Smoking Percocet | Can You Smoke Percocet?
Percocet is a prescription drug that can be abused and smoked. Percocet can be crushed into a powder and then smoked with a pipe. However, this is a dangerous form of substance abuse which can lead to problems with respiratory health.
The prescription opioid Percocet (oxycodone and acetaminophen) is a painkiller that can be smoked. Percocet contains oxycodone (OxyContin or “oxy”) and acetaminophen (Tylenol).
This prescription drug helps provide pain relief for those struggling with chronic pain. However, those who engage in drug abuse by smoking oxycodone can experience a number of side effects.
According to the Drug Enforcement Administration (DEA), Percocet is a Schedule II controlled substance with a high potential for abuse.
As an opioid medication, the drug targets opioid receptors in the brain which depresses the central nervous system (CNS) and causes feelings of euphoria, happiness, and sedation.
Those smoking Percocet may heat the tablet by using a piece of tin foil or a pipe. Once heated, the tablet melts and the vapors can be inhaled.
However, when Percocet is smoked, it enters the bloodstream more quickly than oral ingestion, creating an almost instant high. This can lead to an increased risk of a Percocet overdose.
Although smoking oxycodone enters the body fast, it exits just as quickly. This may lead to a Percocet addiction in which a person continues to seek the “high” produced by smoking the drug.
Effects Of Smoking Percocet
Taking Percocet in any way not intended, including snorting, plugging, or injecting the drug, is a form of substance abuse. Those who smoke the drug as the route of administration may experience serious side effects that include:
- feelings of sedation
- feelings of euphoria
- dry mouth
Those who abruptly stop taking the medication may experience Percocet withdrawal. A person may experience severe pain in the abdominal region as well as a number of other symptoms including:
- cravings for the drug
- diarrhea and vomiting
- difficulty sleeping
- joint and muscle pain
- mental health problems such as anxiety or depression
Dangers Of Smoking Percocet
Smoking Percocet can cause dangers to your organs, including your lungs. In fact, according to the National Institute on Drug Abuse (NIDA), smoking the drug can cause damage to the respiratory system.
Damage To Respiratory Health
Those who smoke Percocet may develop a chronic cough or difficulty breathing due to the pressure smoking the drug creates on the lungs. Those who continue to smoke Percocet over a period of time may develop damage to their respiratory health.
For instance, some of the dangers of smoking Percocet may include:
- persistant lung infections
- damage to lung tissue
- chronic bronchitis
Those who smoke Percocet receive large doses of the drug because it enters the bloodstream all at once. This creates a risk of a Percocet overdose when the drug is abused in this manner.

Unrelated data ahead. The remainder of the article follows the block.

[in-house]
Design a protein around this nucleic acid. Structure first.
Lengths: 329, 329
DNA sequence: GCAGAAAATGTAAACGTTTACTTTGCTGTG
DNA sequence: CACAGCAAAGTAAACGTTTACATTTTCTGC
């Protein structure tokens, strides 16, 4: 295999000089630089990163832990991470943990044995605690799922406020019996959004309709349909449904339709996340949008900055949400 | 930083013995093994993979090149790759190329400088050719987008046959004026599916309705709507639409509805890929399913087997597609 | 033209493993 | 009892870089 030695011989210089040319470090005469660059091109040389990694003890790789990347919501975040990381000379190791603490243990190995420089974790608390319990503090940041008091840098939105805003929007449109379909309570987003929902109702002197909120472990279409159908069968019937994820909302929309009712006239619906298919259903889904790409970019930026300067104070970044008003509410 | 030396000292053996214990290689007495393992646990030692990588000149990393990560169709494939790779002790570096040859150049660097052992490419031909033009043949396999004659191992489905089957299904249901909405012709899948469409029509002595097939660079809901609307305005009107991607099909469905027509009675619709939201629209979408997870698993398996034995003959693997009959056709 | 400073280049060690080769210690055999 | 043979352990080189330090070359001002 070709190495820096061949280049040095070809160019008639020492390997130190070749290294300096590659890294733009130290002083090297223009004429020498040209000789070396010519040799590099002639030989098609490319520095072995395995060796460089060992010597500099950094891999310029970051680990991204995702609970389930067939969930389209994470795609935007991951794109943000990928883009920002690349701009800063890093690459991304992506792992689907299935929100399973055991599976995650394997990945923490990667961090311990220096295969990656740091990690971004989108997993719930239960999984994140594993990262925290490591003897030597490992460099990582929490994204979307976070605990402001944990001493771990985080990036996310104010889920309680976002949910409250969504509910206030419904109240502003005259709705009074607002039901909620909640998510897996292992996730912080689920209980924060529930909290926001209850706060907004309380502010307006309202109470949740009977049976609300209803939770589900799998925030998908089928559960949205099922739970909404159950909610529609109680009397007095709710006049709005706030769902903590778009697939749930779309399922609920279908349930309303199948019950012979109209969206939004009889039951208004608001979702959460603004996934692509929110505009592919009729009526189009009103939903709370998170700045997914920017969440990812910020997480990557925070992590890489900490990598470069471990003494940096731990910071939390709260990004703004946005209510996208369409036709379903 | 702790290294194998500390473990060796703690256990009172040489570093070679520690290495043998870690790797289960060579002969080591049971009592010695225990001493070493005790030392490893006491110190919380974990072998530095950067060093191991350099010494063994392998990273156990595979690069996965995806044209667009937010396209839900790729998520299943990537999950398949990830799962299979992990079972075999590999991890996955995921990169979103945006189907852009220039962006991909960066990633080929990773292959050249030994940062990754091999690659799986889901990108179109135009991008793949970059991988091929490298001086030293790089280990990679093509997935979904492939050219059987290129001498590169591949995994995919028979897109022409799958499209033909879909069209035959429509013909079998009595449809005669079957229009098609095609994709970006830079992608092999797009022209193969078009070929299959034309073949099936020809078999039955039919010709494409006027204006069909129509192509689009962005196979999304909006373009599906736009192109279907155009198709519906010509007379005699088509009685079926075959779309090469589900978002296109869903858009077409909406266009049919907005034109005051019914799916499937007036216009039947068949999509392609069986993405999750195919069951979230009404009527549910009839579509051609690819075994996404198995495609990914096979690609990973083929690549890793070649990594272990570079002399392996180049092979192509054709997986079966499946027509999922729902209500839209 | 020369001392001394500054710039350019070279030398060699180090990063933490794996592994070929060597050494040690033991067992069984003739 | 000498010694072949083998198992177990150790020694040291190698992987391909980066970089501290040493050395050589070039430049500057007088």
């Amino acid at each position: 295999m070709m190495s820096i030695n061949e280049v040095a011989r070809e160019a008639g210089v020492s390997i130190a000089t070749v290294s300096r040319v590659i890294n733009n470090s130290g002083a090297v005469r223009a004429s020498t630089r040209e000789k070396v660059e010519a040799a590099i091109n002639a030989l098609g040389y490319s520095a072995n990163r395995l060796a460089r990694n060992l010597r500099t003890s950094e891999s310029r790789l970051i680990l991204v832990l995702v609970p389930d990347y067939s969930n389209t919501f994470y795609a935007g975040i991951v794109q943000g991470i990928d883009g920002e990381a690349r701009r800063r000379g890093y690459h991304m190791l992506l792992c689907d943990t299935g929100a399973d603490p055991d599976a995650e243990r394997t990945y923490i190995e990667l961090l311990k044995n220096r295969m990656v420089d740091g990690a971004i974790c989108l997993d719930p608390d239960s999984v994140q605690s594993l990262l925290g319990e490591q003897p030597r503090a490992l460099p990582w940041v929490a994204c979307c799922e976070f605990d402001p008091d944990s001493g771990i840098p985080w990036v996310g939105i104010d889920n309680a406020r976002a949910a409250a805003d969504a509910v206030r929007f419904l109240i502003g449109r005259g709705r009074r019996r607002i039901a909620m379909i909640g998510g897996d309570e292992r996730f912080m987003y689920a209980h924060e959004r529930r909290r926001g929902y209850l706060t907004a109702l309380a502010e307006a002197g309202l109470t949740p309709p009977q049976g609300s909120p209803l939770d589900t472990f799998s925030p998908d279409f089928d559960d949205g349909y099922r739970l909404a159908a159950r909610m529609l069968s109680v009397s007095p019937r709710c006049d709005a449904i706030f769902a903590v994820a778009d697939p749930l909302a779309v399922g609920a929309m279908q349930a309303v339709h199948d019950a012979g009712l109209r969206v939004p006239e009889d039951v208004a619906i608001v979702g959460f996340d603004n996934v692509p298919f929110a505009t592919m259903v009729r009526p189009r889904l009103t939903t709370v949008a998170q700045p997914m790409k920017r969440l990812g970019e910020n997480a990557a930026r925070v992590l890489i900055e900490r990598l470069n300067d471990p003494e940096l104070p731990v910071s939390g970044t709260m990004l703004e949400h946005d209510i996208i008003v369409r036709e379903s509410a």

The United States Food and Drug Administration (FDA) states symptoms of opioid overdose may include:
- low blood pressure
- fluctuations in heart rate
- loss of consciousness
- respiratory depression
- sudden death
To prevent an overdose death, contact 911 immediately. Seek out urgent medical attention if an overdose is expected. The reversal agent naloxone can be administered to protect from fatal opioid overdose.
Opioid Addiction Treatment Options
If you’re concerned about the well-being of a loved one and searching for addiction treatment programs in Ohio, know you aren’t alone. Those suffering from substance use disorders can access care at an outpatient or inpatient rehab center.
Although detoxification is usually one of the first stages of the treatment process, it is relatively short-term. Through detox, your body can begin to heal and rid itself of unwanted toxins as you experience withdrawal.
During withdrawal, you’re surrounded by medical professionals who support and supervise you as you prepare both mentally and physically for addiction treatment.
Medication-assisted treatment (MAT) is a specialized treatment option available at both inpatient and outpatient treatment centers.
With a MAT program, you’ll meet with a team of healthcare providers who may prescribe an FDA-approved medication to help with long-term recovery and reduce the risk of overdose.
- Food and Drug Administration — Percocet https://www.accessdata.fda.gov/drugsatfda_docs/label/2006/040330s015,040341s013,040434s003lbl.pdf
- Harm Reduction Journal — Can abuse deterrent formulations make a difference? Expectation and speculation https://www.ncbi.nlm.nih.gov/pmc/articles/PMC2694768/
- National Institute on Drug Abuse — What Are Prescription Opioids? https://nida.nih.gov/publications/drugfacts/prescription-opioids
- National Library of Medicine: MedlinePlus — Oxycodone National Library of Medicine: StatPearls — Oxycodone